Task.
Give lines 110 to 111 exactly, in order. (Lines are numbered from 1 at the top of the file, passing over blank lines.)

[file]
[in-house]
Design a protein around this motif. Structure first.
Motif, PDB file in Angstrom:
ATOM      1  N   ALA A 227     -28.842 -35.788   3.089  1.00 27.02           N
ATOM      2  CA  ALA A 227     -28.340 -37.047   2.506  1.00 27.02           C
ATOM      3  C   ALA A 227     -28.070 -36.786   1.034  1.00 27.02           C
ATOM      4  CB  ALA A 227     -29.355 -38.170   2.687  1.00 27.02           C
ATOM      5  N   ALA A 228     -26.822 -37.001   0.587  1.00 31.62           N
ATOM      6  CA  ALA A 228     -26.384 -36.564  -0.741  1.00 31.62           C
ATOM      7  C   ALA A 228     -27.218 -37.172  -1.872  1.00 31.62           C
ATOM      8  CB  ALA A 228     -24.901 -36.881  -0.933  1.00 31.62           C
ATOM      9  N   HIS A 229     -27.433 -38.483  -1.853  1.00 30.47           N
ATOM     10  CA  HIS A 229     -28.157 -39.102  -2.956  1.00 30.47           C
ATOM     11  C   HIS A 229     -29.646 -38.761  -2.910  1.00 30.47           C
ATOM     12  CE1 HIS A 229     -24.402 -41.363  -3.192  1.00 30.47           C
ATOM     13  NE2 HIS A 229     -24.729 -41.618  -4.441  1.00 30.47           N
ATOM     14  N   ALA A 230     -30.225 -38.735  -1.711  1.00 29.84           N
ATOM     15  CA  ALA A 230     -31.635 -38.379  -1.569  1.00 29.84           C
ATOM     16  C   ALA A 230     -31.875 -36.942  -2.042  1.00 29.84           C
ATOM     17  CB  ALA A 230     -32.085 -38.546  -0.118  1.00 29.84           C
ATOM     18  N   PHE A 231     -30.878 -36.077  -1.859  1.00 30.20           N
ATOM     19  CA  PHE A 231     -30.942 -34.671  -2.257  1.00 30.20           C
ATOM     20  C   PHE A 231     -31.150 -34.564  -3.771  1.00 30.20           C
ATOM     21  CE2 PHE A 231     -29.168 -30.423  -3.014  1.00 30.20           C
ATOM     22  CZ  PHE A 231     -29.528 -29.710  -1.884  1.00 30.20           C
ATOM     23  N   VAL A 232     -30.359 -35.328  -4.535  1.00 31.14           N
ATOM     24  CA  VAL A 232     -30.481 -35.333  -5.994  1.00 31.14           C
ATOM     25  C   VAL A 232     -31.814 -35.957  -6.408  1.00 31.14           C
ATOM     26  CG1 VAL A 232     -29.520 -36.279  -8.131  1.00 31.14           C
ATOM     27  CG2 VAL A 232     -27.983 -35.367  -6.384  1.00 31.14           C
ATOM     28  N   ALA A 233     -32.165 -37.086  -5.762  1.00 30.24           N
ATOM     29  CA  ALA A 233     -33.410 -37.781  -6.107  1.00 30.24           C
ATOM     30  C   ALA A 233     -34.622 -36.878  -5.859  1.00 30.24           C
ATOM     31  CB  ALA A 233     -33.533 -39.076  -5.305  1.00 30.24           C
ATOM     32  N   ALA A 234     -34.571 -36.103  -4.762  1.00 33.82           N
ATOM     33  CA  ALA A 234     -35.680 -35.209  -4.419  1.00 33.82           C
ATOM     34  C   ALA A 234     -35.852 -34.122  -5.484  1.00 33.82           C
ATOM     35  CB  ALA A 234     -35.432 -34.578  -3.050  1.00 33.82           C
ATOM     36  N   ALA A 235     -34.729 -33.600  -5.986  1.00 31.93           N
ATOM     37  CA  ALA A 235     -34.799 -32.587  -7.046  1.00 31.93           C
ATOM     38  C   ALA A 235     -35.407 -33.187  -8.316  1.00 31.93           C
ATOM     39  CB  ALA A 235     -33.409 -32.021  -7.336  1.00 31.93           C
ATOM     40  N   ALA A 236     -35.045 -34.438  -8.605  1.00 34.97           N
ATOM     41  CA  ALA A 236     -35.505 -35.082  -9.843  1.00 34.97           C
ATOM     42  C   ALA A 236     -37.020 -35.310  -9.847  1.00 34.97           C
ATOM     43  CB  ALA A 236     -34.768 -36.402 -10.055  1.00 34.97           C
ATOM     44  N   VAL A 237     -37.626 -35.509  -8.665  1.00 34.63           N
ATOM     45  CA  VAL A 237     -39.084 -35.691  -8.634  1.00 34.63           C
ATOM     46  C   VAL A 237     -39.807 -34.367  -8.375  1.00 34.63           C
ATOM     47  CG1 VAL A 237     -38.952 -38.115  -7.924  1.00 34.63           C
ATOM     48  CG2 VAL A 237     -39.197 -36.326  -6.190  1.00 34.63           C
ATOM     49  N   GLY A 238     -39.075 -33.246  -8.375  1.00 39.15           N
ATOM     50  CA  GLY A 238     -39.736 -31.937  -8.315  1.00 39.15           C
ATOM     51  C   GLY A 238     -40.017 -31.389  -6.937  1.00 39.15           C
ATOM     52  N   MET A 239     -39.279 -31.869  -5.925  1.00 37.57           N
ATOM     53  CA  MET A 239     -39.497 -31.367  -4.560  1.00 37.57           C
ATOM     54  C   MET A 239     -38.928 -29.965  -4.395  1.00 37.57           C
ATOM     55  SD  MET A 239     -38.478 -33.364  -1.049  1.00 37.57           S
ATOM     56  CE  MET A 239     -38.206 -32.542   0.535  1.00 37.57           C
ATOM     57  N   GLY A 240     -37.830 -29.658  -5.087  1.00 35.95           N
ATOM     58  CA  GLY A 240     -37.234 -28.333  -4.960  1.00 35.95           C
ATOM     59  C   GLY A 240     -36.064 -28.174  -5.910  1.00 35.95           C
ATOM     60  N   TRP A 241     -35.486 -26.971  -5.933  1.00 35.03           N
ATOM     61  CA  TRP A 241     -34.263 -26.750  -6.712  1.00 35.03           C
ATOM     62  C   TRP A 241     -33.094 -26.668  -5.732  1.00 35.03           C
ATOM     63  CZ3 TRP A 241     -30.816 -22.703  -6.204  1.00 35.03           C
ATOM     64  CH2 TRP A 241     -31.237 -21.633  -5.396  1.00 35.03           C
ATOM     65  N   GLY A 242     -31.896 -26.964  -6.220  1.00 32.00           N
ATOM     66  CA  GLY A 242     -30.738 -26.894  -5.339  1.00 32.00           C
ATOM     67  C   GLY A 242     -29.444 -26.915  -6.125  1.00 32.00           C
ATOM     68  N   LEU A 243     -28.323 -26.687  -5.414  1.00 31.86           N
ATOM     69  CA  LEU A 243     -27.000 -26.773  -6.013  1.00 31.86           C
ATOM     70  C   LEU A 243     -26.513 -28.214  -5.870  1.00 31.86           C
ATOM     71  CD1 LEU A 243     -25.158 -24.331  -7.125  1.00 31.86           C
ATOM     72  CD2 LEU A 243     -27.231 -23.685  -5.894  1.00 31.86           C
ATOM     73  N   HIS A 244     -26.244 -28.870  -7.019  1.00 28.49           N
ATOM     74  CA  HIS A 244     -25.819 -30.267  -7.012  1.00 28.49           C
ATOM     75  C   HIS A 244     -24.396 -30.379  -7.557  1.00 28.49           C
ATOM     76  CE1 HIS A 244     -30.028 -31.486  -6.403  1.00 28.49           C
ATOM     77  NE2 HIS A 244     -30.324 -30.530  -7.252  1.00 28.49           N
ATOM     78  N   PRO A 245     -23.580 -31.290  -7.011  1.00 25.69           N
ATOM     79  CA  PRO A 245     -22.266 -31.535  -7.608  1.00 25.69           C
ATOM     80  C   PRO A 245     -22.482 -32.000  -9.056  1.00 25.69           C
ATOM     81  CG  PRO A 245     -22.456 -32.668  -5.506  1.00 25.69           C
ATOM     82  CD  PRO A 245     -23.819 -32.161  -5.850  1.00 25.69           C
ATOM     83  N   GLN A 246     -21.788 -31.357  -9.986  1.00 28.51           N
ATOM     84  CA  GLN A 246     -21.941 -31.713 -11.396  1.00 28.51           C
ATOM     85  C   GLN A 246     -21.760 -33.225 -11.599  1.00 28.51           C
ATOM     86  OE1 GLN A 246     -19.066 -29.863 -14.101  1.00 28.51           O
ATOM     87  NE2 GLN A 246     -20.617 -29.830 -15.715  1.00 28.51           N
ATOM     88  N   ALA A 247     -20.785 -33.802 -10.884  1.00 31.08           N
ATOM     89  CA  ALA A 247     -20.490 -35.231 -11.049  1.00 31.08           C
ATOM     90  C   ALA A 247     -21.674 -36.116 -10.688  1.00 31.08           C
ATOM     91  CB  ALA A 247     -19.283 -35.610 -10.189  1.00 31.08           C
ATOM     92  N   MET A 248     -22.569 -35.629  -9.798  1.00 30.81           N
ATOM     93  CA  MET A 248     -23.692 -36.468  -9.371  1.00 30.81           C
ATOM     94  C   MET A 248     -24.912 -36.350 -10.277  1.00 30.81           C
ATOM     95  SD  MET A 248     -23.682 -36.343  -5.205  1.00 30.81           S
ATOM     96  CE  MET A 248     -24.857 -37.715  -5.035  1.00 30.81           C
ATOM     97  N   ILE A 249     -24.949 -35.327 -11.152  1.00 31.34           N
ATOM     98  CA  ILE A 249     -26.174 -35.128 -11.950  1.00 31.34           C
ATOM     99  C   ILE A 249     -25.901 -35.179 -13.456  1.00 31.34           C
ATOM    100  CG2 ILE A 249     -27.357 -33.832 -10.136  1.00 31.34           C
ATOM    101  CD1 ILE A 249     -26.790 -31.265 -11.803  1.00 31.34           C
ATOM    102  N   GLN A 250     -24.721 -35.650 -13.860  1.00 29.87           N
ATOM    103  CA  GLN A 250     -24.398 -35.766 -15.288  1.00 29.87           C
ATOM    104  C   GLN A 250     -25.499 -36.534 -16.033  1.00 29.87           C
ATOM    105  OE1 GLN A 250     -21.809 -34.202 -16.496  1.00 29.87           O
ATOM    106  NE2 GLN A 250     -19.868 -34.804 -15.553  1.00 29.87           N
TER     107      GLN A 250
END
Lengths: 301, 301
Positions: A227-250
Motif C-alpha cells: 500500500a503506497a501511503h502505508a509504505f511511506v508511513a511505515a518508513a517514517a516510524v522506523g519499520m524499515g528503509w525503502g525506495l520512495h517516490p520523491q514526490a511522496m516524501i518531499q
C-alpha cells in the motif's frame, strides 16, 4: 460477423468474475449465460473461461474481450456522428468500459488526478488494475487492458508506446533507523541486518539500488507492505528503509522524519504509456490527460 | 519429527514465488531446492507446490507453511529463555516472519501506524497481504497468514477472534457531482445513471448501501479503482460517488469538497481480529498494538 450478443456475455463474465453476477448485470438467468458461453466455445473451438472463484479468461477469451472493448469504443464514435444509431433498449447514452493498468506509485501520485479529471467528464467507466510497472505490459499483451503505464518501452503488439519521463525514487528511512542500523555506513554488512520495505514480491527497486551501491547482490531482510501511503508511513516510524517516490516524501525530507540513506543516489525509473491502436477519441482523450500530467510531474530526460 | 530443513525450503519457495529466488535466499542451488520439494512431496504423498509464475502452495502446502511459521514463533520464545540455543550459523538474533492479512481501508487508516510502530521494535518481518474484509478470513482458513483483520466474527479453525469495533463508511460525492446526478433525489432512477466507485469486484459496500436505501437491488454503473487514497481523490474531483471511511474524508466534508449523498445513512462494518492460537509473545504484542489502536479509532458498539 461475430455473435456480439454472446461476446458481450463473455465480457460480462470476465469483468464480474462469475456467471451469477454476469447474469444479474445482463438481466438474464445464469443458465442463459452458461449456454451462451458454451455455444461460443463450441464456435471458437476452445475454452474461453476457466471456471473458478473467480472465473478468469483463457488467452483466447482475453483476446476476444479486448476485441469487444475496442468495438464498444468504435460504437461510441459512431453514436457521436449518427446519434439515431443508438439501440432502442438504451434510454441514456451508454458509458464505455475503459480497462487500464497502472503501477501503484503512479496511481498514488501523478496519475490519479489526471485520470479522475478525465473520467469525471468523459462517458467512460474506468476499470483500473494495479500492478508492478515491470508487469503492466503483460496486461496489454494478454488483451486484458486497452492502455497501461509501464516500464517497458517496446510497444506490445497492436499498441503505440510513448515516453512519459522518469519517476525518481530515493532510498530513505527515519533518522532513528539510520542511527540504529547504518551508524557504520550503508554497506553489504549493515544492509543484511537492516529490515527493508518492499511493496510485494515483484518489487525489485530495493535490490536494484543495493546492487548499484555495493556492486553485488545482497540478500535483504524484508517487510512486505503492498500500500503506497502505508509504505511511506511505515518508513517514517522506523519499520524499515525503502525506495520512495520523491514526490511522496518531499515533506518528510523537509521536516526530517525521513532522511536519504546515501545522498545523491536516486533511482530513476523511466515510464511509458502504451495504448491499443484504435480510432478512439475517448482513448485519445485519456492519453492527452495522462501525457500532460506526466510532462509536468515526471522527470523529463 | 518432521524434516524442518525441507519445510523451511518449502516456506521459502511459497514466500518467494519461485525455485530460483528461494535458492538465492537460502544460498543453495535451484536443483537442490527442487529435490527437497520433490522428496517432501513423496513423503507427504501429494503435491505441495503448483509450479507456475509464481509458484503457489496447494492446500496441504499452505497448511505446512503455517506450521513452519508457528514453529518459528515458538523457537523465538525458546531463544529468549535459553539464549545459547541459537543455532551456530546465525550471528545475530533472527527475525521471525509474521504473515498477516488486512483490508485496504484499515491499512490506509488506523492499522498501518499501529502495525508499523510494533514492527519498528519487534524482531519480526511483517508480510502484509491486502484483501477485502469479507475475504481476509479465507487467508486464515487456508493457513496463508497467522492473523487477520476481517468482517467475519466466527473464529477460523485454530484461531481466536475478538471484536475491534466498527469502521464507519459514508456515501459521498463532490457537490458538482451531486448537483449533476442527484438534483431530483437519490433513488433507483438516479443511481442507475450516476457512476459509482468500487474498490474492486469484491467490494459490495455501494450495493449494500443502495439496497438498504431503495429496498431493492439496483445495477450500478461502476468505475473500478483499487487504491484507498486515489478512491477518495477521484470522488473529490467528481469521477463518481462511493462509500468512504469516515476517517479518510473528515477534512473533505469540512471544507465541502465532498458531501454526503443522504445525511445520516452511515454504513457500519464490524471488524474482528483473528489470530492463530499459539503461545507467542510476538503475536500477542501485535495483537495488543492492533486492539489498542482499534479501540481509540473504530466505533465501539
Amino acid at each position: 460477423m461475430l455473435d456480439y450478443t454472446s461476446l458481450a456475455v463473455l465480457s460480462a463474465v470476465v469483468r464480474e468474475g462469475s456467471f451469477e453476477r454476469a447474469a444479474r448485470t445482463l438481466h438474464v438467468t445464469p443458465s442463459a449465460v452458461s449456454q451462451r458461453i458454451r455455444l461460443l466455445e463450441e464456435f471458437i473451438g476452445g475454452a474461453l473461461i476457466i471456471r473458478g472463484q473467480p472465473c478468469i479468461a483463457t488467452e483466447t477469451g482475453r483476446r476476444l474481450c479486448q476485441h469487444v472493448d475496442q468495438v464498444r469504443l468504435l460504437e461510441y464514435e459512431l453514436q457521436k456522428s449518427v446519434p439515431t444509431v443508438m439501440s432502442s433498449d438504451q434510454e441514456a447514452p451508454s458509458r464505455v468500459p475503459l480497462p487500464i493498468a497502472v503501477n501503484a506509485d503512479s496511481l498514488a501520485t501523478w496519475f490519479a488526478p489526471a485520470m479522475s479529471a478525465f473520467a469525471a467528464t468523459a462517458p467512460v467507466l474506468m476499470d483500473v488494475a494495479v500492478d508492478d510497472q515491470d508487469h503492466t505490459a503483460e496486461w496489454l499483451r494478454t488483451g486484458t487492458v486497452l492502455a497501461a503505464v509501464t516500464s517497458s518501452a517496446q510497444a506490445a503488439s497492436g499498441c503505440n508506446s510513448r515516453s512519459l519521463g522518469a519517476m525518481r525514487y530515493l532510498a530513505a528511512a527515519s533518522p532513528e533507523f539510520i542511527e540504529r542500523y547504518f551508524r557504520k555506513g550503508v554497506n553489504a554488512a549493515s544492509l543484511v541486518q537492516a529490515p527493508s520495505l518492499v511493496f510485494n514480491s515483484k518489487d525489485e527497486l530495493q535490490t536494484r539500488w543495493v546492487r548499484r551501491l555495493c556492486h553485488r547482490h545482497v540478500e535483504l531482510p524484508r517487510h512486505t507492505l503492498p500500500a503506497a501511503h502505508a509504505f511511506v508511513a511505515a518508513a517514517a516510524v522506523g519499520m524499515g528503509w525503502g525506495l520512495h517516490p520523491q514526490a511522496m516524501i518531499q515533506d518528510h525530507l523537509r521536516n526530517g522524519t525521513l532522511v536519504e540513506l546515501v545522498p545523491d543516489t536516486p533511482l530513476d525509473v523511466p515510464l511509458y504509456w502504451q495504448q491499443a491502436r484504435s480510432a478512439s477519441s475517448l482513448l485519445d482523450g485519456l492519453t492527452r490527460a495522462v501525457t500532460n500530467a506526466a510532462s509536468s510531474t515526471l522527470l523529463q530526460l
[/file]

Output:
TER     107      GLN A 250
END